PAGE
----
8. Pronunciation data, often rendered in the International Phonetic Alphabet, is at best noise and at worst misinformation for Transformer models; the significance of a newspaper headline like the Washington Post’s description of Starbucks CEO Howard Schultz’s 2020 campaign as being in “a whole latte trouble” would be completely lost. See Dana Milbank, “Howard Schultz Brings a Whole Latte Trouble,” Washington Post, January 30, 2019, For an overview of the so-called Masters literature (zi shu) and issues within this genre, compare, for example, Wiebke Denecke, The Dynamics of Masters Literature: Early Chinese Thought From Confucius to Han Feizi (Cambridge, MA: Harvard University Press, 2010). For the importance of sound in texts, compare, for example, Wolfgang Behr, “Three Sound-Correlated Text Structuring Devices in Pre-Qín Philosophical Prose,” Bochumer Jahrbuch zur Ostasienforschung 29 (2005): 15–33, For discussions of the transformative effects of sounds, music, and poetry, see Haun Saussy, The Problem of a Chinese Aesthetic (Stanford: Stanford University Press, 1993), 77–105; and Steven Van Zoeren, Poetry and Personality. Reading, Exegesis, and Hermeneutics in Traditional China (Stanford: Stanford University Press, 1991), 95–103. On the relationship between music and rulership in early China and its assumed cultivating effects, see especially Kenneth J. DeWoskin, A Song for One or Two. Music and the Concept of Art in Early China (Ann Arbor: University of Michigan, Center for Chinese Studies; Michigan Papers in Chinese Studies no. 42, 1982), 13–14, 85–98. ↩︎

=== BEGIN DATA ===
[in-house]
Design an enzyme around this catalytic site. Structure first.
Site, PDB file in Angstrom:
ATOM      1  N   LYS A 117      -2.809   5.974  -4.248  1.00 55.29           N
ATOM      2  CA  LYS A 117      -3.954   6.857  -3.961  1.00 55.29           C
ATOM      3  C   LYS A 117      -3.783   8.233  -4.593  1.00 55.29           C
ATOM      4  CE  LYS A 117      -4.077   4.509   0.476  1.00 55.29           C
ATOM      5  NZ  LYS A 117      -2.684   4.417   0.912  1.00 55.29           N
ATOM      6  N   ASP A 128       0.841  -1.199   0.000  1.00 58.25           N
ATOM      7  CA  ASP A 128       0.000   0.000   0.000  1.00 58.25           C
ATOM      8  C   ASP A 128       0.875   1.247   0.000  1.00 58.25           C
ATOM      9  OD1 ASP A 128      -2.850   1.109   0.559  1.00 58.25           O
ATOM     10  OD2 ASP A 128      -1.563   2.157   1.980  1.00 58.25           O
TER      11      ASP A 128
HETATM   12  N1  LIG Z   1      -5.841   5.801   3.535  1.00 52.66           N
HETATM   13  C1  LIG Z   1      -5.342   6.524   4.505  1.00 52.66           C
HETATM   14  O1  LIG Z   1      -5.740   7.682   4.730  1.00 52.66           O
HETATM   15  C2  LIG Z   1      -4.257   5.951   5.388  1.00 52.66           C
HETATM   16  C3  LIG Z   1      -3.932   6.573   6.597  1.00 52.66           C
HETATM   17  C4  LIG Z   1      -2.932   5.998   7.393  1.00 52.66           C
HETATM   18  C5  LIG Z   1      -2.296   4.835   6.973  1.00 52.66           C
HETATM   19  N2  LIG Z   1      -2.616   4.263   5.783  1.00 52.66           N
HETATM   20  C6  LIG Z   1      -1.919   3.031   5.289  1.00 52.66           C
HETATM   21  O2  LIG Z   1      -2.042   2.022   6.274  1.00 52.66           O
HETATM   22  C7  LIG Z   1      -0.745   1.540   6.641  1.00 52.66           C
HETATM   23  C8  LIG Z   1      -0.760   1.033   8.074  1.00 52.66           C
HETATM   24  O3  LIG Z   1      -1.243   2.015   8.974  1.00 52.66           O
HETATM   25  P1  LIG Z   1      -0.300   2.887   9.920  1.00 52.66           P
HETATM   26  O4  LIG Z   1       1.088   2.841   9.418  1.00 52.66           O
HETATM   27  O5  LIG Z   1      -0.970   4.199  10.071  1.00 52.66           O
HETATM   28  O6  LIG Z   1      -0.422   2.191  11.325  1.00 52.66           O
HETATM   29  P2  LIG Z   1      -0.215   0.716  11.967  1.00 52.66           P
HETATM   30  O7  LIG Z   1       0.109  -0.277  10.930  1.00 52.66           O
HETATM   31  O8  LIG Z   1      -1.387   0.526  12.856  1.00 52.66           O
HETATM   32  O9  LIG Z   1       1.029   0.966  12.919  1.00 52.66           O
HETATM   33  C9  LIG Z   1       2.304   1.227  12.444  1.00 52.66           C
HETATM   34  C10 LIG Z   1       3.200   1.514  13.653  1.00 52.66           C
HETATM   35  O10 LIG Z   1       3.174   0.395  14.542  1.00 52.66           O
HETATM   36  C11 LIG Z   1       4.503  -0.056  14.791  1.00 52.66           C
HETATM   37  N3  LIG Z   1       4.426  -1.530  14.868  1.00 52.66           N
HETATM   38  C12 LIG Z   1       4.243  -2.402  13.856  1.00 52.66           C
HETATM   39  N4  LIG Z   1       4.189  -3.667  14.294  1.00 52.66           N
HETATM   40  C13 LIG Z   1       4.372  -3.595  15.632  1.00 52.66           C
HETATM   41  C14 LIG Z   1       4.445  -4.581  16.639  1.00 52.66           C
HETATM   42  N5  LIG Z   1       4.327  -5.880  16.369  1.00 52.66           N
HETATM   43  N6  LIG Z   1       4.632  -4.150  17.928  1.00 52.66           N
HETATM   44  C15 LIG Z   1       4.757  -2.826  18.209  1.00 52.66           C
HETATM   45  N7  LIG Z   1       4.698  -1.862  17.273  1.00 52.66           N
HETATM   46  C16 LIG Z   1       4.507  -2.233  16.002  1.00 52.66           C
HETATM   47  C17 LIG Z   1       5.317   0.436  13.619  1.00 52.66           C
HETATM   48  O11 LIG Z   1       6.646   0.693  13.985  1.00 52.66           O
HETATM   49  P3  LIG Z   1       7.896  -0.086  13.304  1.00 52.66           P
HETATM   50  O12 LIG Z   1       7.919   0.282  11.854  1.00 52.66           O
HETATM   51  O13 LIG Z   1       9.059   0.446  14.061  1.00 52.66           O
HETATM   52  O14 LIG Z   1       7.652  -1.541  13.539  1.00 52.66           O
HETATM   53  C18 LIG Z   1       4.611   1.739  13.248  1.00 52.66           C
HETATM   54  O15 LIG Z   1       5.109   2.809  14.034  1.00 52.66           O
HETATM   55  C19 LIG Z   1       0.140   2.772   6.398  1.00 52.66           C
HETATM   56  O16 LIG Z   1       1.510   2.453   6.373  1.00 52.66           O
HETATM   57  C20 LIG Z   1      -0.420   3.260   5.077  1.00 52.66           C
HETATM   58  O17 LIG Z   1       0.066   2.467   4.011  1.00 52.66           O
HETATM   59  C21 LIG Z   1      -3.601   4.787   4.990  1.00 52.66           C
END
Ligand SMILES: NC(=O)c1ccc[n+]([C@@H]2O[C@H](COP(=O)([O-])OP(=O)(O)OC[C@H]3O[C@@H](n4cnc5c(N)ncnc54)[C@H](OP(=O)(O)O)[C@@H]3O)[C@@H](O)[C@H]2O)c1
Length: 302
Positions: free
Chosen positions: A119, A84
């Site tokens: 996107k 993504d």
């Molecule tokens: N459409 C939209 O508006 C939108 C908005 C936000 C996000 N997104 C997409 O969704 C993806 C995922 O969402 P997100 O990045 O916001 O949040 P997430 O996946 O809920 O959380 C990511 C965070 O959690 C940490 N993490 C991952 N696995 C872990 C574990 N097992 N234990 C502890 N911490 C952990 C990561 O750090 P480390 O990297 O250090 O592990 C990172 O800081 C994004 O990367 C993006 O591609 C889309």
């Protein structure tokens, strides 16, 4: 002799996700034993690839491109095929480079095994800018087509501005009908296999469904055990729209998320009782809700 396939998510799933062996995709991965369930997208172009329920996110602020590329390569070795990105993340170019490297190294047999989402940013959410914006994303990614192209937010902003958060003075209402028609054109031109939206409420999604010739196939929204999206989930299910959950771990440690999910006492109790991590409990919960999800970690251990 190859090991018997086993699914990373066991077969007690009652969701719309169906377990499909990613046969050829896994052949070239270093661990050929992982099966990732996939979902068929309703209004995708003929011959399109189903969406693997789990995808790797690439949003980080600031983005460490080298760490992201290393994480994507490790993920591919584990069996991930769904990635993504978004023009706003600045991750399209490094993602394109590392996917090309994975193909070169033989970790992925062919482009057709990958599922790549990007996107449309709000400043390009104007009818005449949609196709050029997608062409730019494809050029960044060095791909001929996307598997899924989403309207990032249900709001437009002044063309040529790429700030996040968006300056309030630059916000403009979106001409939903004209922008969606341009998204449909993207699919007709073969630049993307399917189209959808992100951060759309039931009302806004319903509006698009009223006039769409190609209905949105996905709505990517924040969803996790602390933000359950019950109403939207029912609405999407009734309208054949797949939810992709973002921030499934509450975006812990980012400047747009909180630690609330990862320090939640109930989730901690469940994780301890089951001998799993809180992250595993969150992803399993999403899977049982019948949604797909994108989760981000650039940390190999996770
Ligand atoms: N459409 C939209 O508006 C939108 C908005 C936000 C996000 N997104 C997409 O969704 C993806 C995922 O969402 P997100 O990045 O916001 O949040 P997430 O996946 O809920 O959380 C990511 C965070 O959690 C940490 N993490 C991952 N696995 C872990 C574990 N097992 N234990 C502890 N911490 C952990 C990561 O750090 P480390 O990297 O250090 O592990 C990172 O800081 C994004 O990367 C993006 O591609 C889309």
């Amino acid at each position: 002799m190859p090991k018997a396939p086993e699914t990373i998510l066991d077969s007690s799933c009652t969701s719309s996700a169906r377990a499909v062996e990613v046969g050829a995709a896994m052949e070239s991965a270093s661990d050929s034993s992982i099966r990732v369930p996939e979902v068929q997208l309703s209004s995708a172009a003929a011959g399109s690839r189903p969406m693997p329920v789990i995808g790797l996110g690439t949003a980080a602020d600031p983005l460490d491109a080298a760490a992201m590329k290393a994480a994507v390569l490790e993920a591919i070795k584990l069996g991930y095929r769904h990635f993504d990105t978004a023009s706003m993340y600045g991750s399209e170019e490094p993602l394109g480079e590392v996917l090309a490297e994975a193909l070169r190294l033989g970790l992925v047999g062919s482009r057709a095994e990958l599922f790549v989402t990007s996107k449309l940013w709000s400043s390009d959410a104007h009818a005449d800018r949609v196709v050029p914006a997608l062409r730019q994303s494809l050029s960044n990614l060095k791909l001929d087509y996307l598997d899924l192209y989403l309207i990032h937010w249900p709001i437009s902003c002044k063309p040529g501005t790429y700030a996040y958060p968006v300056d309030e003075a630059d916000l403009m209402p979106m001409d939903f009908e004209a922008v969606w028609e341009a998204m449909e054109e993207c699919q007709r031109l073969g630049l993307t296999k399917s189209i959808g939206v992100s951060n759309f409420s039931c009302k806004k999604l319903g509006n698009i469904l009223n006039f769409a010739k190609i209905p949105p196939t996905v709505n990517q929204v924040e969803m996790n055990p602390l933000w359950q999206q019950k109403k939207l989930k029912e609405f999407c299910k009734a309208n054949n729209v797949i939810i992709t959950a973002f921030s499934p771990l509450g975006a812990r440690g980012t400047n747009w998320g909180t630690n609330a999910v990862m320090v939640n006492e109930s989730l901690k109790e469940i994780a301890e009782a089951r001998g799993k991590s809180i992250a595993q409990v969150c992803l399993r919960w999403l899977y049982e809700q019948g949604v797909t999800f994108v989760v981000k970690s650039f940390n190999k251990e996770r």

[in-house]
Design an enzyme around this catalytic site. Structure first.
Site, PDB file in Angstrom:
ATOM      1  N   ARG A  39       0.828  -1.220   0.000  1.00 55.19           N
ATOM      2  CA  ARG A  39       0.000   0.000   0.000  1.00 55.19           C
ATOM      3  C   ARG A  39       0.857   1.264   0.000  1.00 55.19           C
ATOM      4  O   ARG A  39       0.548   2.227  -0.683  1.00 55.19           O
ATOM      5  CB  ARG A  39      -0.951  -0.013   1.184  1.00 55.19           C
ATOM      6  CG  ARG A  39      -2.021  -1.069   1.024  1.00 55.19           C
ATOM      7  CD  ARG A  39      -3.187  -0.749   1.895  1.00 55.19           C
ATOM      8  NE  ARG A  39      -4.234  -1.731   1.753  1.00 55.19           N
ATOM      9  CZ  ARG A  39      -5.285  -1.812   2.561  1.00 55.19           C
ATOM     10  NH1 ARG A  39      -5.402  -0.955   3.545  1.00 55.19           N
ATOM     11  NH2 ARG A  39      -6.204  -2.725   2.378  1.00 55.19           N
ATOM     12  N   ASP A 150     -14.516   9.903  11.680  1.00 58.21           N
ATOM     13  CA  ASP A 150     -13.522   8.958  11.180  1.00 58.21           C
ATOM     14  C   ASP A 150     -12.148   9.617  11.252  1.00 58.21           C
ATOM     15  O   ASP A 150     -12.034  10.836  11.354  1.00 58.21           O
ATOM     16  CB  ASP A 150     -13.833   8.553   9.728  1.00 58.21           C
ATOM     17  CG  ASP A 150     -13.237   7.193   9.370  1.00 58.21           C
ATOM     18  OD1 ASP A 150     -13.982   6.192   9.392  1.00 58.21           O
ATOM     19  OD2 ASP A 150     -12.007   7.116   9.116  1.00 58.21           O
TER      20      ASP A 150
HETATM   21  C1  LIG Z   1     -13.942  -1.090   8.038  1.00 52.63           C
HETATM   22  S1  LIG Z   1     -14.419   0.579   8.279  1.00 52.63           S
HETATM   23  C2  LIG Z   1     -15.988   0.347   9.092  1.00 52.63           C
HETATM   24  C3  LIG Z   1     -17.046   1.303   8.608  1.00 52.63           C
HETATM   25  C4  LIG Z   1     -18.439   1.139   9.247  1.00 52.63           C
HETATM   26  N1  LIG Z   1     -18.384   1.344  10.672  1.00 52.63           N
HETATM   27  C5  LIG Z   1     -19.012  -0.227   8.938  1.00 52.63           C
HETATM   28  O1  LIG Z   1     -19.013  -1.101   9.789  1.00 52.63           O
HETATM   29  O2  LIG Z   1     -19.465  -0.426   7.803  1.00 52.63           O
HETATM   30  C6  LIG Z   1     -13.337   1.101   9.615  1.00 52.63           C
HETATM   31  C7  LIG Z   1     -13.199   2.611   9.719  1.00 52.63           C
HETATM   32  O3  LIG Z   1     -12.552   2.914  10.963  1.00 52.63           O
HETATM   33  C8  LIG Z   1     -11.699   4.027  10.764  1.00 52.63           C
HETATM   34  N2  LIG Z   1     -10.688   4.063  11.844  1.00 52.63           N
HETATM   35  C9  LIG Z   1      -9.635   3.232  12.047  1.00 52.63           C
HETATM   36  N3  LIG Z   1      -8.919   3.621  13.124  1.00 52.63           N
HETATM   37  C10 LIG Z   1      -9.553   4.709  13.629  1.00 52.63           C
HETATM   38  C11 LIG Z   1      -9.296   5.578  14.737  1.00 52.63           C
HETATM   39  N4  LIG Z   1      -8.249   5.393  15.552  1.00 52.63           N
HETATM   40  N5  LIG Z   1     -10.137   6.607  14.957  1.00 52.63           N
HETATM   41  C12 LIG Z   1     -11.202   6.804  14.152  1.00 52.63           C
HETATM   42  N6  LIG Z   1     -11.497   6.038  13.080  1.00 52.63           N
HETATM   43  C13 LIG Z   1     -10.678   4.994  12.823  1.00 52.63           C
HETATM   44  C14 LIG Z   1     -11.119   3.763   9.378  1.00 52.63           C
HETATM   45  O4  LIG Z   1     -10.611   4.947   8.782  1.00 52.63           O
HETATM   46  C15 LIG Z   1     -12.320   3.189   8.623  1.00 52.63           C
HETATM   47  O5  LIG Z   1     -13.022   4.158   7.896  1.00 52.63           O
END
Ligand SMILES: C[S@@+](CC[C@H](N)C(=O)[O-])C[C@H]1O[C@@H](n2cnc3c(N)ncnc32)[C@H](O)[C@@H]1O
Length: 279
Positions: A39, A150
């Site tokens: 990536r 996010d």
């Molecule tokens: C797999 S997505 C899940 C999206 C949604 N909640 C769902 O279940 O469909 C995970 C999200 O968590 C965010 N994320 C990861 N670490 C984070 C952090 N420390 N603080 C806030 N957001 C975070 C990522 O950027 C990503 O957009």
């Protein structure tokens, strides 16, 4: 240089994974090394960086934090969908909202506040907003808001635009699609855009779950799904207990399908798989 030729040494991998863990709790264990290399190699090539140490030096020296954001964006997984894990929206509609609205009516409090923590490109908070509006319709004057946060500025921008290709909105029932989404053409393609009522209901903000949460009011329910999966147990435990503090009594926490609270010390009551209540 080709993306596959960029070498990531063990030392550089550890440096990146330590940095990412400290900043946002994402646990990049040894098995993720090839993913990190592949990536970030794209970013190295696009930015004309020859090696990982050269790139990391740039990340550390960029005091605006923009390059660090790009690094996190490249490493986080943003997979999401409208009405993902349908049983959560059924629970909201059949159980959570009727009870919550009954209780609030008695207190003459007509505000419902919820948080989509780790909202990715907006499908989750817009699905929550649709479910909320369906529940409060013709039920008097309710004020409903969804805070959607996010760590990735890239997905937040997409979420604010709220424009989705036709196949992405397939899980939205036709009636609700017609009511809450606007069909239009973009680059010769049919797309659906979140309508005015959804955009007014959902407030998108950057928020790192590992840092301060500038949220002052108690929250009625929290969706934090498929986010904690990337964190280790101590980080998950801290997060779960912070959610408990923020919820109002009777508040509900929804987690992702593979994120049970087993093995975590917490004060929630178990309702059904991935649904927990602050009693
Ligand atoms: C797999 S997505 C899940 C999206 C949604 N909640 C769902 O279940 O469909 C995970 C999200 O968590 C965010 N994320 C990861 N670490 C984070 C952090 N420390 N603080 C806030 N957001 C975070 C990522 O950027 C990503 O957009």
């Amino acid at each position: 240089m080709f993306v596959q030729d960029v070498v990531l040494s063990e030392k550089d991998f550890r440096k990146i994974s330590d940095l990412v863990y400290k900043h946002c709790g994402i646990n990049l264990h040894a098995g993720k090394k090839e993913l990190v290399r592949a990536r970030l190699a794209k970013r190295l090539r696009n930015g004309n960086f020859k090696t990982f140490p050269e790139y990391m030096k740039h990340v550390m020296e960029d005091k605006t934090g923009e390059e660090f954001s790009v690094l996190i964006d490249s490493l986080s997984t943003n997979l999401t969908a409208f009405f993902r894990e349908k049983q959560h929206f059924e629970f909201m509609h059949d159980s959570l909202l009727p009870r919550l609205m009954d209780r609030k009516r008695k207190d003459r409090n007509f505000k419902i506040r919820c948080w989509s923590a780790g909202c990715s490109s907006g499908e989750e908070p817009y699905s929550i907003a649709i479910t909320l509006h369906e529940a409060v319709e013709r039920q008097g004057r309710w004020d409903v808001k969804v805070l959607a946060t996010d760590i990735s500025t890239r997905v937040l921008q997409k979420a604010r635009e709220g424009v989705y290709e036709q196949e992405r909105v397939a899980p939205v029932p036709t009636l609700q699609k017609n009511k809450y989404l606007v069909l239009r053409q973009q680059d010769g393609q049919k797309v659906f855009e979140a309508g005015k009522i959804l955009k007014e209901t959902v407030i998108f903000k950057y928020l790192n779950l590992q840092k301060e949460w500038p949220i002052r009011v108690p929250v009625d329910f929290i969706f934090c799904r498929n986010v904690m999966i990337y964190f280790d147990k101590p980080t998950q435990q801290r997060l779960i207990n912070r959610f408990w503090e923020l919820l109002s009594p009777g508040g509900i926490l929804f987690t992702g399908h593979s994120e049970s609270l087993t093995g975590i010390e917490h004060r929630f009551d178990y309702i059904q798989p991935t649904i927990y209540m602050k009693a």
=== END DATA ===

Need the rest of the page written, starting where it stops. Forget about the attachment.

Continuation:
9. Compare, for example, Martin Kern, “Creating a Book and Performing It: The ‘Yao lüe’ Chapter of the Huainanzi as a Western Han Fu,” in The Huainanzi and Textual Production in Early China, ed. Sarah A. Queen and Michael Puett (Leiden: Brill, 2014), 124–50. ↩︎

    10. See Frederick Liu, Han Lu, and Graham Neubig, “Handling Homographs in Neural Machine Translation,” in Proceedings of the 2018 Conference of the North American Chapter of the Association for Computational Linguistics: Human Language Technologies, vol. 1 (New Orleans: Association for Computational Linguistics, 2018), 1336–45,↩︎

    11. Compare, for example, Martin Kern, “The Odes in Excavated Manuscripts,” in Text and Ritual in Early China (Seattle: University of Washington Press, 2005), 149–193, esp. 171. For broader overviews of the developments of Chinese writing in antiquity, compare Xigui Qiu, Gilbert Louis Mattos, and Jerry Norman, Chinese Writing (Berkeley: Society for the Study of Early China, 2000); William G. Boltz, The Origin and the Development of the Chinese Writing System (New Haven: American Oriental Society, 2003); and Imre Galambos, Orthography of Early Chinese Writing: Evidence from Newly Excavated Manuscripts (Budapest: Department of East Asian Studies, Eötvös Loránd University, 2006). ↩︎